Church of God, Carmichael, CA

Shadows of Good Things

Or the Gospel in Type

Russell R. Byrum, 1922

[Original Page Numbers]


CHAPTER VI

THE SACRED SEASONS

(Leviticus 23; Numbers 28, 29)

Day of Atonement (cont.)
(Lev. 16; 23:26-32)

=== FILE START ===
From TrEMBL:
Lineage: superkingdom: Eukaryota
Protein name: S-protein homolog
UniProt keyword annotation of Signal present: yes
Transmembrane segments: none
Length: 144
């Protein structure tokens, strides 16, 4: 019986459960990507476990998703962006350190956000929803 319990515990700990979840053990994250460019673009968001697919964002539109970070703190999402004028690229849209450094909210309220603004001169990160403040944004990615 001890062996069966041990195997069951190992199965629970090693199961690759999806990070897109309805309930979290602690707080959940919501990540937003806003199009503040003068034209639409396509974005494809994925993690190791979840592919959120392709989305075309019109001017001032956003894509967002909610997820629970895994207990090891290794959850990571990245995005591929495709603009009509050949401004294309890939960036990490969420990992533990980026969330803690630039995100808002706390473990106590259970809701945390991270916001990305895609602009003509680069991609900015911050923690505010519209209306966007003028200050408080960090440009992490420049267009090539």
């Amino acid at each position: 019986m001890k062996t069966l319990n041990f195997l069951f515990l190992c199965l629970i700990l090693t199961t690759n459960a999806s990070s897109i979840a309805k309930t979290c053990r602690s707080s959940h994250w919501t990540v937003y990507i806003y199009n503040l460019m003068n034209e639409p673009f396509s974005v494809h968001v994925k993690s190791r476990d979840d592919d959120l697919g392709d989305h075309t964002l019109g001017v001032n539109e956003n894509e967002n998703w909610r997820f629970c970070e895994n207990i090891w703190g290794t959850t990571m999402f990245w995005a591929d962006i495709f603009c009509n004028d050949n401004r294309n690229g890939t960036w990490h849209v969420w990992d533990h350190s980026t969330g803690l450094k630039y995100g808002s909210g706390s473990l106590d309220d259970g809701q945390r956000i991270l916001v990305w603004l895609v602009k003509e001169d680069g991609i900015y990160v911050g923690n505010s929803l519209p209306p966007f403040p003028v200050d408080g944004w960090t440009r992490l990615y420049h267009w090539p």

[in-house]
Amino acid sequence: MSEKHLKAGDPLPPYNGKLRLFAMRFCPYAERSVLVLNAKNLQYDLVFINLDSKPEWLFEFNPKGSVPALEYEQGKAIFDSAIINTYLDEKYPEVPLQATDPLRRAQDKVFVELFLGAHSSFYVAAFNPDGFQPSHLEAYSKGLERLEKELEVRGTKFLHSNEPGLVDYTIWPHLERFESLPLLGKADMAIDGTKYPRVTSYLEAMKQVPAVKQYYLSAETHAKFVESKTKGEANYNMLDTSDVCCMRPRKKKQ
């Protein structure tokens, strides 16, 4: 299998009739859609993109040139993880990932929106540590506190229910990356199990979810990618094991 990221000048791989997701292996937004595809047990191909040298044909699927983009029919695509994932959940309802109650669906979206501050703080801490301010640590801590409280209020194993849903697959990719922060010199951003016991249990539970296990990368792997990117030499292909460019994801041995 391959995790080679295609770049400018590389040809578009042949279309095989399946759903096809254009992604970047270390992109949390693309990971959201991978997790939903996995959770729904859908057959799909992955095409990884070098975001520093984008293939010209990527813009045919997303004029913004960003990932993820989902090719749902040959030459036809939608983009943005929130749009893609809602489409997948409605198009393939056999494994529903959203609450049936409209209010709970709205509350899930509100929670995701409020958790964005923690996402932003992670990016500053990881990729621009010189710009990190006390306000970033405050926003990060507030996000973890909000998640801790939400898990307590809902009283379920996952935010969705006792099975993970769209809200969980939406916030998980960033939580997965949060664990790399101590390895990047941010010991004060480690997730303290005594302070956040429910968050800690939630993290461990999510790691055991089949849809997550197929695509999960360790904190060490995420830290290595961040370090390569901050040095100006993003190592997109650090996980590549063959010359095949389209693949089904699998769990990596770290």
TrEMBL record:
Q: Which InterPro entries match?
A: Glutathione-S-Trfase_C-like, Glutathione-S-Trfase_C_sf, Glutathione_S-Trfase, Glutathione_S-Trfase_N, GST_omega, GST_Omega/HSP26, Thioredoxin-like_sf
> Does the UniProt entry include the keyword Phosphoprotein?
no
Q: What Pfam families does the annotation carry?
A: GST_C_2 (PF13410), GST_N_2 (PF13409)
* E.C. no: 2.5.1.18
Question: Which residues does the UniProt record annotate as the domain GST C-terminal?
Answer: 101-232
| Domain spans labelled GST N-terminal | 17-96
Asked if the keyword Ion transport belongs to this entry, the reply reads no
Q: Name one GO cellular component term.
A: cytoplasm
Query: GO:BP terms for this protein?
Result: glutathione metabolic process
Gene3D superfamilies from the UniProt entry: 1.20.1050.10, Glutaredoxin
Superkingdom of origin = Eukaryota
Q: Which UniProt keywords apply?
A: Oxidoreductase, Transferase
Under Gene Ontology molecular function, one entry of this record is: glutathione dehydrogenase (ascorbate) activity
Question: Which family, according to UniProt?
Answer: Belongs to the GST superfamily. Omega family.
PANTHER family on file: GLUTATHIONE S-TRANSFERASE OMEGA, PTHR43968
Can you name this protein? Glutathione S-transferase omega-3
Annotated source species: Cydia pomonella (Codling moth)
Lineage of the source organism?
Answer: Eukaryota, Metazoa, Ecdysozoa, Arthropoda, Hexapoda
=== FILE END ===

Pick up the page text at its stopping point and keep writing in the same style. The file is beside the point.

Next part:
The sprinkling of the blood of the sin offerings upon the mercy seat had special typical significance and is deserving of further notice. This action was peculiar to this day and these two sin offerings and was the most impressive and significant sprinkling of atoning blood of all those ancient shadows. It was done by him who typified our Savior. It was done with the blood that typified the all atoning blood of Christ. It was done in the very presence of God. It typified Christ's intercession for us in heaven. The blood was sprinkled seven times to represent the completeness of the atonement of Christ. It was put upon the mercy seat or propitiatory, which existed for the very purpose that it with the atoning blood upon it might cover from God's holy eye the broken law in the ark beneath. The mercy seat, this atonement covering which covered and was coextensive in size with the ark which represented God's law, was the culmination of all the Levitical institutions and services in all that ancient sanctuary, and was sprinkled with the blood on this greatest of the sacred seasons. This blood on the mercy seat symbolized the greatest and grandest truth of the Mosaic religion, and typified the most important and glorious fact that ever entered men's minds, that Jesus has atoned for the broken law of God and made possible the salvation of a world of sinners from the wrath of God.